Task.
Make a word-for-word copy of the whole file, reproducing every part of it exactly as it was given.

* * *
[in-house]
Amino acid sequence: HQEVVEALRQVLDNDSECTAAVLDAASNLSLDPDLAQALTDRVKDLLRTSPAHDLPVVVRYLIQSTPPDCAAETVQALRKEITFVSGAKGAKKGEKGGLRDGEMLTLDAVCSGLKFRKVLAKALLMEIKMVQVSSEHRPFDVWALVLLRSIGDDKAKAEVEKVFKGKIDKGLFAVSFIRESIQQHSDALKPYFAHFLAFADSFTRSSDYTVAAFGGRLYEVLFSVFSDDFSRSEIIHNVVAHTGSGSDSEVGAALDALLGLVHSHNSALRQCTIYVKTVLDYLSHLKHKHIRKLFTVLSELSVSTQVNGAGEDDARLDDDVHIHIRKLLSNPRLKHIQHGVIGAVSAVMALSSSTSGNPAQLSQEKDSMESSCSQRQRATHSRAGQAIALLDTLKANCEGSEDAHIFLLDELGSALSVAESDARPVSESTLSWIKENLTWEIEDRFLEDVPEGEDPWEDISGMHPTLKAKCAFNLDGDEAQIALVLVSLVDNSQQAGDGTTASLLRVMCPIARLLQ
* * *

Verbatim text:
[in-house]
Amino acid sequence: HQEVVEALRQVLDNDSECTAAVLDAASNLSLDPDLAQALTDRVKDLLRTSPAHDLPVVVRYLIQSTPPDCAAETVQALRKEITFVSGAKGAKKGEKGGLRDGEMLTLDAVCSGLKFRKVLAKALLMEIKMVQVSSEHRPFDVWALVLLRSIGDDKAKAEVEKVFKGKIDKGLFAVSFIRESIQQHSDALKPYFAHFLAFADSFTRSSDYTVAAFGGRLYEVLFSVFSDDFSRSEIIHNVVAHTGSGSDSEVGAALDALLGLVHSHNSALRQCTIYVKTVLDYLSHLKHKHIRKLFTVLSELSVSTQVNGAGEDDARLDDDVHIHIRKLLSNPRLKHIQHGVIGAVSAVMALSSSTSGNPAQLSQEKDSMESSCSQRQRATHSRAGQAIALLDTLKANCEGSEDAHIFLLDELGSALSVAESDARPVSESTLSWIKENLTWEIEDRFLEDVPEGEDPWEDISGMHPTLKAKCAFNLDGDEAQIALVLVSLVDNSQQAGDGTTASLLRVMCPIARLLQ